Enteric disease and respiratory diseases are major problems worldwide which greatly impact human health, as well as animal health. Current vaccine approaches are limited by numerous factors, including production costs, efficacy, safety, requirement of adjuvants, and storage conditions.
UCSD researchers have engineered diatoms (algae) to express pathogenic antigens on the cell surface, which induce protective immunity suitable for use as vaccines against such pathogens. In addition to providing an expression platform, the diatom structure provides an endogenous adjuvant activity.
Algae-based vaccines could provide a broadly based, completely new, innovative, inexpensive high production vaccine system for numerous infectious diseases, including bovine respiratory disease, which causes significant economic losses for the cattle industry.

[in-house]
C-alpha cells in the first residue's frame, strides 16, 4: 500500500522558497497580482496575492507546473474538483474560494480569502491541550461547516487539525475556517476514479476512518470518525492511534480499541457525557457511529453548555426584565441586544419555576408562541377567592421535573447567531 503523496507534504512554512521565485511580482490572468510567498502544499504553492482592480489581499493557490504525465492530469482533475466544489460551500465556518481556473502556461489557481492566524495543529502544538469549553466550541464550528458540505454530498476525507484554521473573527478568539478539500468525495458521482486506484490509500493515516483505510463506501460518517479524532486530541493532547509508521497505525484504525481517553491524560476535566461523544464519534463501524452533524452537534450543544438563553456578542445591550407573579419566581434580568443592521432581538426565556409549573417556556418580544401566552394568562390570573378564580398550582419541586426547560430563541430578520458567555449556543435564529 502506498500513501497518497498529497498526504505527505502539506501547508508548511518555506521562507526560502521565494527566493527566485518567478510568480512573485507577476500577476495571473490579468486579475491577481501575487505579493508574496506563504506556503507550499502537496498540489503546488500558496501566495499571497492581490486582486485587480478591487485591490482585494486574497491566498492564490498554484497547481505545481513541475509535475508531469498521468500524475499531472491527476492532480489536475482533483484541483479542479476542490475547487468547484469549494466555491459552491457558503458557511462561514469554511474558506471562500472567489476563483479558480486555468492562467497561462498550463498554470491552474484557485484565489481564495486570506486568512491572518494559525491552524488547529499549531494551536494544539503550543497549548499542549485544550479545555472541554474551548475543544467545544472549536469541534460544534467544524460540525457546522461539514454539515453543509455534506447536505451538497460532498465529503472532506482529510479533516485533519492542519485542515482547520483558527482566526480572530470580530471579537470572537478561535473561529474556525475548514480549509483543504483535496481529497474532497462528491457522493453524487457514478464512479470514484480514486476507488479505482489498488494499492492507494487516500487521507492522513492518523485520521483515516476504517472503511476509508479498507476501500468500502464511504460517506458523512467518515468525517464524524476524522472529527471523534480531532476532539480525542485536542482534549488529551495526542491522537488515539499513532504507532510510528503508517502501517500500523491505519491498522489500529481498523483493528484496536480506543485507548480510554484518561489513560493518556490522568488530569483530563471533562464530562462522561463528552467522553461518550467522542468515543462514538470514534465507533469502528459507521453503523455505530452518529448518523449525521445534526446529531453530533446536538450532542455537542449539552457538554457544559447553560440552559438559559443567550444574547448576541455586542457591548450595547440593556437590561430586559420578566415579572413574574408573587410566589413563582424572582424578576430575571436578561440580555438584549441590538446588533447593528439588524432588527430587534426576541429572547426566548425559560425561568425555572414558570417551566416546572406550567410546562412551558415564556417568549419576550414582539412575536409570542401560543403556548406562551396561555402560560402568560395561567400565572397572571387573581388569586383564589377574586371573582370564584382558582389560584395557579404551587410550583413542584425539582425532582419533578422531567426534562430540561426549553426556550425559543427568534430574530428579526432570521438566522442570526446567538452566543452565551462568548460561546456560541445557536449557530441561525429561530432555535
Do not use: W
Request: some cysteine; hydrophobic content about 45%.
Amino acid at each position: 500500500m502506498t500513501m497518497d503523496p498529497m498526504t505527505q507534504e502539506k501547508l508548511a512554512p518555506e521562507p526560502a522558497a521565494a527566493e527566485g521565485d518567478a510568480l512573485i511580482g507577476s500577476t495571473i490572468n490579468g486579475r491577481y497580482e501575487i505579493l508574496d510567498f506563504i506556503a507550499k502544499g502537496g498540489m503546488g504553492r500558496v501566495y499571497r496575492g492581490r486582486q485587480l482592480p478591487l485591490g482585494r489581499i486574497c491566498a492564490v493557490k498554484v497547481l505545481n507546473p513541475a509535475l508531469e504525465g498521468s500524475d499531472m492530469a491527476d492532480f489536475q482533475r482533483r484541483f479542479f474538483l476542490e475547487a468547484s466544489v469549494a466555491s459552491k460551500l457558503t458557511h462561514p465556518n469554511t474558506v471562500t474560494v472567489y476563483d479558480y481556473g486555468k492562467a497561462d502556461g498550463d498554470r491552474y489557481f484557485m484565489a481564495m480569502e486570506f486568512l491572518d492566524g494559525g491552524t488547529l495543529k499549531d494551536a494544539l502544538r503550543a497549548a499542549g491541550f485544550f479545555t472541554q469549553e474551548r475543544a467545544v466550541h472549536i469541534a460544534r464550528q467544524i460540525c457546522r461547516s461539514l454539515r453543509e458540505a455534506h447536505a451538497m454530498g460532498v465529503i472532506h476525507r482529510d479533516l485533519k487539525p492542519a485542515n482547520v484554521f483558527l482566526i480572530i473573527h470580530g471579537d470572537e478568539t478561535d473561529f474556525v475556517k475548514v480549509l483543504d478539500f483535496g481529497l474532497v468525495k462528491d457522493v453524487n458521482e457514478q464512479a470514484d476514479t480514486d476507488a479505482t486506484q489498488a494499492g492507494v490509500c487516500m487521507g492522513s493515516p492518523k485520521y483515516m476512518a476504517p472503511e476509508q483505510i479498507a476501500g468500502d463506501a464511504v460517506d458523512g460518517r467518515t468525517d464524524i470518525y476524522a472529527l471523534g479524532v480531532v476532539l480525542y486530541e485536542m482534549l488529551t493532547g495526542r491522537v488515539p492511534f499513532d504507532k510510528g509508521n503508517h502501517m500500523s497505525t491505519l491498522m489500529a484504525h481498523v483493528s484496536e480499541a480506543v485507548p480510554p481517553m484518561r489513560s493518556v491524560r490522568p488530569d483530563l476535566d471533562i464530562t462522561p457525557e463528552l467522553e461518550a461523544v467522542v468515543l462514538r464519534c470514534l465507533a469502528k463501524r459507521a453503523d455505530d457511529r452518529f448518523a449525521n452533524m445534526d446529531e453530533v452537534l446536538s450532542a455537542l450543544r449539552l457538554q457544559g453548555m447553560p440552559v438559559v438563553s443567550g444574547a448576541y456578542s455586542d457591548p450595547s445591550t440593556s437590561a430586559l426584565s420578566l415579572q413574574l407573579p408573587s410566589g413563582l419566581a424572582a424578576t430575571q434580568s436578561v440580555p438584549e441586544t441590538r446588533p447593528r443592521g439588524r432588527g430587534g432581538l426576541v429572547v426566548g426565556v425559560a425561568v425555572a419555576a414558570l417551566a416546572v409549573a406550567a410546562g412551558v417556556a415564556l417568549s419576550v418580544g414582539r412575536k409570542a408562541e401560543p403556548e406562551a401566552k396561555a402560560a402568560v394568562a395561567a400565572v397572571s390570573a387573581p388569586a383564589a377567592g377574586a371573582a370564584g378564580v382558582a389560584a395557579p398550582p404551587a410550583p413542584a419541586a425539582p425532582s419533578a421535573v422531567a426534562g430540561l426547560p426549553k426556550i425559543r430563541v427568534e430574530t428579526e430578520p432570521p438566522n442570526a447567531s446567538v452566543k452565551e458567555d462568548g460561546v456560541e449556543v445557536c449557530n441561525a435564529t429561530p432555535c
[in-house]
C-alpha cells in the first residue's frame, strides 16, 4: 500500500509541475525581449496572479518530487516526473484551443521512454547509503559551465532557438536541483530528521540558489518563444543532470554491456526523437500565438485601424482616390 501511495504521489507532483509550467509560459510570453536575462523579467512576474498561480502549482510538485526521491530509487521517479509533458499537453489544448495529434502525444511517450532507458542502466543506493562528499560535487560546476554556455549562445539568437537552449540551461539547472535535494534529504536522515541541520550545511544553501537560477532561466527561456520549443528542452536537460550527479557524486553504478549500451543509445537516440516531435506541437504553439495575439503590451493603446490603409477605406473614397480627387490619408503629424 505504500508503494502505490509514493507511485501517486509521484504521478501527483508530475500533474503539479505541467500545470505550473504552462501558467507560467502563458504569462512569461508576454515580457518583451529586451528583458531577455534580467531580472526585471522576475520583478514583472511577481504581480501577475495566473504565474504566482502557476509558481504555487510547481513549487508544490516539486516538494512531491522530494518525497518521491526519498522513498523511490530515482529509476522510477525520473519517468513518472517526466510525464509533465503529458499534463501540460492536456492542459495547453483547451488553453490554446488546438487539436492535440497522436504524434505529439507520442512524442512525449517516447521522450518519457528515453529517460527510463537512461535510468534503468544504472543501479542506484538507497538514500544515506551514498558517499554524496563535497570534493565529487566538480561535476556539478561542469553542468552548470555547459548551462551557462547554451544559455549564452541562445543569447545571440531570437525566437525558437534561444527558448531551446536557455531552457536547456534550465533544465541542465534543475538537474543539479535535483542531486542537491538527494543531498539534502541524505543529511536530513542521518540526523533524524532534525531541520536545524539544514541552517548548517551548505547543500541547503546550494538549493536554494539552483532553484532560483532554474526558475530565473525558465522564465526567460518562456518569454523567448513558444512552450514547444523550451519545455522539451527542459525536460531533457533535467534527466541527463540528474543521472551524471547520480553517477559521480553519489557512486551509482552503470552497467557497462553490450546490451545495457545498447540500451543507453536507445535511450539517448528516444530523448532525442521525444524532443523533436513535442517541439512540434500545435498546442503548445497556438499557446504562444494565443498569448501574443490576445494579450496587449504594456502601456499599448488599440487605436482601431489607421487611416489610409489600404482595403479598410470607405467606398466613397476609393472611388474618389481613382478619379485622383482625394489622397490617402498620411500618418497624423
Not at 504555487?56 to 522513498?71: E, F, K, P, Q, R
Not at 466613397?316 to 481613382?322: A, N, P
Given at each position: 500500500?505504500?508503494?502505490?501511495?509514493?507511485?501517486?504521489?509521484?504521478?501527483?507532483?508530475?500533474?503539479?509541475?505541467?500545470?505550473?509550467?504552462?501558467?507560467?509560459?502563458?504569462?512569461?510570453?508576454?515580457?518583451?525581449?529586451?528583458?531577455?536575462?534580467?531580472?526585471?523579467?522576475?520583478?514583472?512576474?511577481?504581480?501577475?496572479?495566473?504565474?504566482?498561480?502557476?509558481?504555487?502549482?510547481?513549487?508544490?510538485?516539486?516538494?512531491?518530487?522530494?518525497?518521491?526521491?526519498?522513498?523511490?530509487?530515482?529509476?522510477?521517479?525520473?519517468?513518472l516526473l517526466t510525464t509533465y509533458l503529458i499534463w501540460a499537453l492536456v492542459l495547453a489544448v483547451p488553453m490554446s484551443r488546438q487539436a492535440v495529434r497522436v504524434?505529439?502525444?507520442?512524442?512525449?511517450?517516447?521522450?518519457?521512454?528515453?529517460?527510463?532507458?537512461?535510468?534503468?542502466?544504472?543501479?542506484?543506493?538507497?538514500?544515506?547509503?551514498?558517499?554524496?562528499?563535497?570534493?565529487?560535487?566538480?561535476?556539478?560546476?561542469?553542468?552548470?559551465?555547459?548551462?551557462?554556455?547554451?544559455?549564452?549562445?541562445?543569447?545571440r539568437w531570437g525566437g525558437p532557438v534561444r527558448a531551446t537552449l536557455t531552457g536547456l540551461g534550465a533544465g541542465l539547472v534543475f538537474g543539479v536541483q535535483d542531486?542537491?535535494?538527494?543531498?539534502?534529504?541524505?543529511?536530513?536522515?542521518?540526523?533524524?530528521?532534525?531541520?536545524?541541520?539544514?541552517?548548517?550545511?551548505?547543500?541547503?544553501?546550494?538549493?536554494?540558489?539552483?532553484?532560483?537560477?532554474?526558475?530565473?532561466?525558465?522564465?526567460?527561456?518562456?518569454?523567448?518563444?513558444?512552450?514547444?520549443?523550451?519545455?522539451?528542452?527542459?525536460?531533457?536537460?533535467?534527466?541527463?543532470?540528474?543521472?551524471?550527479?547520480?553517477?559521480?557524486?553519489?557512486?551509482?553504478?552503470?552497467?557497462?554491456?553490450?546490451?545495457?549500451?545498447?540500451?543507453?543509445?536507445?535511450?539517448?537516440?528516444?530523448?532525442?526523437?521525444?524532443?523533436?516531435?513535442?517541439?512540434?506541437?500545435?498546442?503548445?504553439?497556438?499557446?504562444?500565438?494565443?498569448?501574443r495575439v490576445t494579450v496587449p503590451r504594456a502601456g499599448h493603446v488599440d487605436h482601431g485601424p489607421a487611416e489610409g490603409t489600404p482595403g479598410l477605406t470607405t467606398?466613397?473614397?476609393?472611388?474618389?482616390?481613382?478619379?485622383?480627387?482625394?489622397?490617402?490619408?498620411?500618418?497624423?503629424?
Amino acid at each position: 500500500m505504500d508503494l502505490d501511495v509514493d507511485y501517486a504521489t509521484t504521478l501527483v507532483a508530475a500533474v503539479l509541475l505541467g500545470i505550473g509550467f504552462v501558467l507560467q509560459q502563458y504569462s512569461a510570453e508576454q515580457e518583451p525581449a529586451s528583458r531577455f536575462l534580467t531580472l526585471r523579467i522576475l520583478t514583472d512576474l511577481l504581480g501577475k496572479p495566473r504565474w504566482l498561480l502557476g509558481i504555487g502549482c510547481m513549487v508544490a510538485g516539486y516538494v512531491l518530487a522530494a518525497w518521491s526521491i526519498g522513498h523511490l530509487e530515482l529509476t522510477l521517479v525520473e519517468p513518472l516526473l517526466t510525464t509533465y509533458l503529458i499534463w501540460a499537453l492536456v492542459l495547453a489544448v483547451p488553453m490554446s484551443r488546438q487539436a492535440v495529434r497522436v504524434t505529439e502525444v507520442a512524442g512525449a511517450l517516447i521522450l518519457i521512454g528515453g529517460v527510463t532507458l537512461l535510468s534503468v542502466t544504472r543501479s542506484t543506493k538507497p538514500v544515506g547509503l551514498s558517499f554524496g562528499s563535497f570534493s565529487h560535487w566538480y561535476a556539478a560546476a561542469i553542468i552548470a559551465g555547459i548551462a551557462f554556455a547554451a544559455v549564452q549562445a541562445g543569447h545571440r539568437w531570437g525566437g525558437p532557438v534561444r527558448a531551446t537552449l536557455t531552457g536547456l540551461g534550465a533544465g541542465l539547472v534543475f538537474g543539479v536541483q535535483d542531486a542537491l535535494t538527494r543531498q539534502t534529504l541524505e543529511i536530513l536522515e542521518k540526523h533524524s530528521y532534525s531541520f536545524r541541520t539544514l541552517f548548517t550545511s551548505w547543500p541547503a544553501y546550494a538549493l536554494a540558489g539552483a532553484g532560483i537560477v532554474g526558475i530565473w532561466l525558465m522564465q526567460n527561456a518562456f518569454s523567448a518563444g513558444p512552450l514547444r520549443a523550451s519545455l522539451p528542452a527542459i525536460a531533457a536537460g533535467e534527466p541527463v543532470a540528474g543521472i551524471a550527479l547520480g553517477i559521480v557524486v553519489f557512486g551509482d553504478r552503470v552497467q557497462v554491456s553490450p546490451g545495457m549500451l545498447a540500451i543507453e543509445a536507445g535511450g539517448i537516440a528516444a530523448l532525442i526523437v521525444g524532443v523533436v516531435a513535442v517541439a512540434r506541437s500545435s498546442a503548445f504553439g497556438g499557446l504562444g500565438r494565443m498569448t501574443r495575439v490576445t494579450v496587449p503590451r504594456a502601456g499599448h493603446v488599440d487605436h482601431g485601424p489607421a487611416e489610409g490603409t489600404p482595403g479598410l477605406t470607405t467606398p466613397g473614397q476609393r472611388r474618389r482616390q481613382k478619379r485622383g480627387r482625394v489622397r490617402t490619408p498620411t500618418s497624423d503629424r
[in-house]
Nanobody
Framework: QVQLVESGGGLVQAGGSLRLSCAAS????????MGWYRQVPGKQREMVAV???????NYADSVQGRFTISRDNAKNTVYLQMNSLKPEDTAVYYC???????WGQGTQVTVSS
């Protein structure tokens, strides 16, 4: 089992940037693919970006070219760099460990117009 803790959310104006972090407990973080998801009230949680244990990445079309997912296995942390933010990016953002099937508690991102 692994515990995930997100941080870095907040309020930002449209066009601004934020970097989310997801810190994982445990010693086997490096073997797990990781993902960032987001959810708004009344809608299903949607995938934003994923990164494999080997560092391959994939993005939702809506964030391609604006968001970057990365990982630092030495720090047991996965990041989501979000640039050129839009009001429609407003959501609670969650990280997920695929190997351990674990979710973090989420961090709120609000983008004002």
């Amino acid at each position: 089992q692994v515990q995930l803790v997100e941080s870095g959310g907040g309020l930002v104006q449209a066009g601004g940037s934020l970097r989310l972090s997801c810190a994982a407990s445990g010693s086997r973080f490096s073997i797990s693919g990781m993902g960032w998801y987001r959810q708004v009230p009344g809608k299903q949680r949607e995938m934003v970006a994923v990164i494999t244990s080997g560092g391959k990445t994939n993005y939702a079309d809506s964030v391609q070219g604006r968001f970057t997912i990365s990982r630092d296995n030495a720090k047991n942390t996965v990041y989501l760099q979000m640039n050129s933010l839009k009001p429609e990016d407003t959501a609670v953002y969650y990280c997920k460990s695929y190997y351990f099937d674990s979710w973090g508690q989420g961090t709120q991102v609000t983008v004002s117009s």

Traditional vaccine approaches have many limitations. For example, killed pathogen vaccines are expensive, require additional adjuvants, multiple doses, and often have undesirable side effects. Live modified or recombinant attenuated bacterial or virus vectored vaccines may revert to virulence. In contrast, algae-based vaccines expressing an antigen may be less expensive, and carry endogenous adjuvant activity.
UCSD researchers have preliminary data demonstrating in vitro that the diatoms stimulate monocytes in peripheral blood to produce TNF alpha. These data indicate that immune responses are stimulated by the algae, as seen by activation of these early antigen presenting cells. In addition, researchers have generated expression vectors and demonstrated expression of foreign proteins on the algae cell surface, as well as high level intracellular expression.
This technology is available for licensing.
Claim 1: A diatom comprising a nucleic acid encoding an antigen heterologous to the diatom, wherein the antigen is expressed as a fusion protein with a surface-expressed polypeptide endogenous to the diatom selected from a frustulin and p150 cell surface protein, wherein the fusion protein is attached to the surface of the diatom, wherein the diatom is an intact cell.
|United States Of America||Issued Patent||9,358,283||06/07/2016||2010-315|
diatoms, algae, vaccines, adjuvant, bovine, veterinary